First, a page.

Placebo controlled comparative study of oral midazolam and oral ketamine as a premedication in paediatric age group
Keywords:Oral midazolam, Oral ketamine, Paracetamol rectal suppositories, Premedication
Background: Preanaesthetic medication can play an important part in the anaesthetic care of infants and children. It plays a vital role during induction and maintenance of anaesthesia as well as in post-operative period.
Methods: Ninety pediatric patients of ASA status I and II operated for routine surgical procedures at GGH, Jamnagar, Gujarat were studied for the comparision of oral midazolam and oral ketamine as a premedication. The paediatric patients were divided into 3 groups, group M oral midazolam, group K oral ketamine and group P placebo (honey) of 30 patients each.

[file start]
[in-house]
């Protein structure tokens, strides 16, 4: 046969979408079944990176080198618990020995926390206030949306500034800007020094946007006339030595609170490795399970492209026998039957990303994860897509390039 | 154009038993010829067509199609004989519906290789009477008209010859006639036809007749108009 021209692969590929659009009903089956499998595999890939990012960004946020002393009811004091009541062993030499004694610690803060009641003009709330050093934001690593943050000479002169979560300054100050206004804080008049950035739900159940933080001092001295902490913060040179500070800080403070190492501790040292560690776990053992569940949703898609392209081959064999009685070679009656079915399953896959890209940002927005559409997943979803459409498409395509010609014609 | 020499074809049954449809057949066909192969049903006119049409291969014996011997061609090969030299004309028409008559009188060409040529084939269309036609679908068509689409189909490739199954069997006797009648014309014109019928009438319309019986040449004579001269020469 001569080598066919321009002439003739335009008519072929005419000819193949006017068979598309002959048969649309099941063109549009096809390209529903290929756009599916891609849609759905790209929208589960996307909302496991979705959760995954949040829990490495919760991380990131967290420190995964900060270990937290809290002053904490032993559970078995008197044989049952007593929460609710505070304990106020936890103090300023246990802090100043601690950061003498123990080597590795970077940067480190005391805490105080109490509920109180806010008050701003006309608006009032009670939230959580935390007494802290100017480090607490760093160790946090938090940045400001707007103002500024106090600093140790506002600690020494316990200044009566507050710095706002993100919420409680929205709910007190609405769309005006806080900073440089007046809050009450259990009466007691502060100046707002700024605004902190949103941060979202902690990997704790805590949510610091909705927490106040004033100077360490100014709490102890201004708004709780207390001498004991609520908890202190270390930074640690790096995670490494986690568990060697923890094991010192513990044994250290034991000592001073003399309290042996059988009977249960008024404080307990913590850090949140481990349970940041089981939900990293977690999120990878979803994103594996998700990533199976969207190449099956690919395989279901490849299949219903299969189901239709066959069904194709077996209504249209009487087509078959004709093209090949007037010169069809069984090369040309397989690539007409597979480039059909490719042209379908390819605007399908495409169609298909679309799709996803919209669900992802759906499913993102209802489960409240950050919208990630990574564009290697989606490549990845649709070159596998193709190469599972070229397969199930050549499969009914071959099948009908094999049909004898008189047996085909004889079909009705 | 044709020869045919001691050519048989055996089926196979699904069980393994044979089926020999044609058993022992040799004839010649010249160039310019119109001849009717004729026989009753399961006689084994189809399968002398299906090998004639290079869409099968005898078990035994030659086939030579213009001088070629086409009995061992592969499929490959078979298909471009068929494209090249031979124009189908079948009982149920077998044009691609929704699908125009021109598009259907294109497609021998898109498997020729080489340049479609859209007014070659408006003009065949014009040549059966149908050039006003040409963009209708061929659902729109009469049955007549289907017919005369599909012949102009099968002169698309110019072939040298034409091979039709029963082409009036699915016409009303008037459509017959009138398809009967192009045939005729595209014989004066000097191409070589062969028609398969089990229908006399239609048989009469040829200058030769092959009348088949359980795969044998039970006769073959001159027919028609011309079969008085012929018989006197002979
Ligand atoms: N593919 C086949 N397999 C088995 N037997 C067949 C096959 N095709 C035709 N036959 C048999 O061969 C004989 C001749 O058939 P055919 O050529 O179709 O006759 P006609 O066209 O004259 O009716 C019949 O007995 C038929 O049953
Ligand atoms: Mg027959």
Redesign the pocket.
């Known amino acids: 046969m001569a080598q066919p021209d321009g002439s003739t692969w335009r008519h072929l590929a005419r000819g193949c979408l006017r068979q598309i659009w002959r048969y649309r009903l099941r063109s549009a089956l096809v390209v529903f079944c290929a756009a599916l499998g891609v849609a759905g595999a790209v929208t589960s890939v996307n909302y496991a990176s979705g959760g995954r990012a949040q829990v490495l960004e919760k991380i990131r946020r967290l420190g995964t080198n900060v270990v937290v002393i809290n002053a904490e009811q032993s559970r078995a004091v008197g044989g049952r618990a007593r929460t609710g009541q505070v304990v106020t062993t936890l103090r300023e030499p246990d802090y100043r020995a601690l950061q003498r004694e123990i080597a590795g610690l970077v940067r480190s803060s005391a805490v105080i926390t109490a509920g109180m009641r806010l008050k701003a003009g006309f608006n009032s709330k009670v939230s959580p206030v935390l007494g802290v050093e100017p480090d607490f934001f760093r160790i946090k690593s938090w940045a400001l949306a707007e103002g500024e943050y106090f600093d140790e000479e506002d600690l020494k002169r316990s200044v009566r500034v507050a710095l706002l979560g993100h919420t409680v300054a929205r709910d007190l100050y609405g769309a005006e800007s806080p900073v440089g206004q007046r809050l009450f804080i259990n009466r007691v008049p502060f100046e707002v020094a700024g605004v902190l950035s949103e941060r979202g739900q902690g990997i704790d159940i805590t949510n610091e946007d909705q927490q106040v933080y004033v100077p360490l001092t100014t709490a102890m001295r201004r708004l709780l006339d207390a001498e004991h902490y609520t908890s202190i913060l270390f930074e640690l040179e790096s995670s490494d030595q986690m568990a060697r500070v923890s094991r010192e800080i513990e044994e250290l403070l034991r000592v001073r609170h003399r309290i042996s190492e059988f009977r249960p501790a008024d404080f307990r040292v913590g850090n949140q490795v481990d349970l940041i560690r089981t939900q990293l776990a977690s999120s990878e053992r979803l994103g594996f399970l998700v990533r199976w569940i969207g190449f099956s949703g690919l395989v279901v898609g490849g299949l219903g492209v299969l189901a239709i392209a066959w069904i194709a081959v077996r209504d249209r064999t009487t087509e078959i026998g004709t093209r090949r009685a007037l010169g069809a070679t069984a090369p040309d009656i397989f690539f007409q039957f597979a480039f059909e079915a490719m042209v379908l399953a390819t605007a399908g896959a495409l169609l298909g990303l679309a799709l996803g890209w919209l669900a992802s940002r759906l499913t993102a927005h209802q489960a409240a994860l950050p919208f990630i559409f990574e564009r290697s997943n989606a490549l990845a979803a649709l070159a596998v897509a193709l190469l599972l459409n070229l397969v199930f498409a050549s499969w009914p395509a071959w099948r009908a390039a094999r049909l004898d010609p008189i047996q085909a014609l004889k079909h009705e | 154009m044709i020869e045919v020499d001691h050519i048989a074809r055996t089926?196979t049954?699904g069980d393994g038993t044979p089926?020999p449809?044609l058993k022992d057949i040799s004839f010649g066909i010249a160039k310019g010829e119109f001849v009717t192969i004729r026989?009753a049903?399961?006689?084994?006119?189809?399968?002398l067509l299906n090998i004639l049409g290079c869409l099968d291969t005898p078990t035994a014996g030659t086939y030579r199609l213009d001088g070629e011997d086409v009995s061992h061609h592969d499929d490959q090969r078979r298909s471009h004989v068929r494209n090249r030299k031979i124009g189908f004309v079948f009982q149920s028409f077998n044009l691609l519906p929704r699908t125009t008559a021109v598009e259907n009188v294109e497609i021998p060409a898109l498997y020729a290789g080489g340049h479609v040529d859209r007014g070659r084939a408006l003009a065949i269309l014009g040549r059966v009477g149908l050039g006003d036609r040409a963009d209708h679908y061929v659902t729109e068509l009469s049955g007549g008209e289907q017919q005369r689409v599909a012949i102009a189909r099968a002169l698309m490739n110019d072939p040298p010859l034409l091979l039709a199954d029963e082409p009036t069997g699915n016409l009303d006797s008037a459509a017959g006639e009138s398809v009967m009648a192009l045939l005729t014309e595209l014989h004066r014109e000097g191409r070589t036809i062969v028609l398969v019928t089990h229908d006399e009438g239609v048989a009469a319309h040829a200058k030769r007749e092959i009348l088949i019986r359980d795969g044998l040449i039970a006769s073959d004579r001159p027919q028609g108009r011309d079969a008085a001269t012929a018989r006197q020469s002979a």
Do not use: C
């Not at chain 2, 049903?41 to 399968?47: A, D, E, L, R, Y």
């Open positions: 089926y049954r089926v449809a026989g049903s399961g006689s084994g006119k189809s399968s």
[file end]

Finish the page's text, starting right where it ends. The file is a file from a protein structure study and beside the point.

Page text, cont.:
Results: All the patients were given general anaesthesia with injection sodium thiopentone 4 to 5 mg/kg and inj. succinylcholine 1.5 mg/kg and maintained with inj. vecuronium and traces of halothane. Paracetamol rectal suppository 10 to 15 mg/kg was inserted before reversal for post-operative analgesia. All patients were reversed with inj. neostigmine 50 μg/kg and inj. glycopyrrolate 8 μg/kg given intravenously slowly. Intraoperative pulse rate, blood pressure, SPO2 and ECG were recorded. Post operatively apart from vitals sedation score and anxiety score were recorded. The result analysed showed that sedation and anxiolysis was better in ketamine group both during separation from parents and I.V. cannulation. Recovery was smooth in ketamine group whereas recovery in midazolam group was associated with irritability and crying.
Conclusions: Oral ketamine is better premedication than oral midazolam in paediatric patients.
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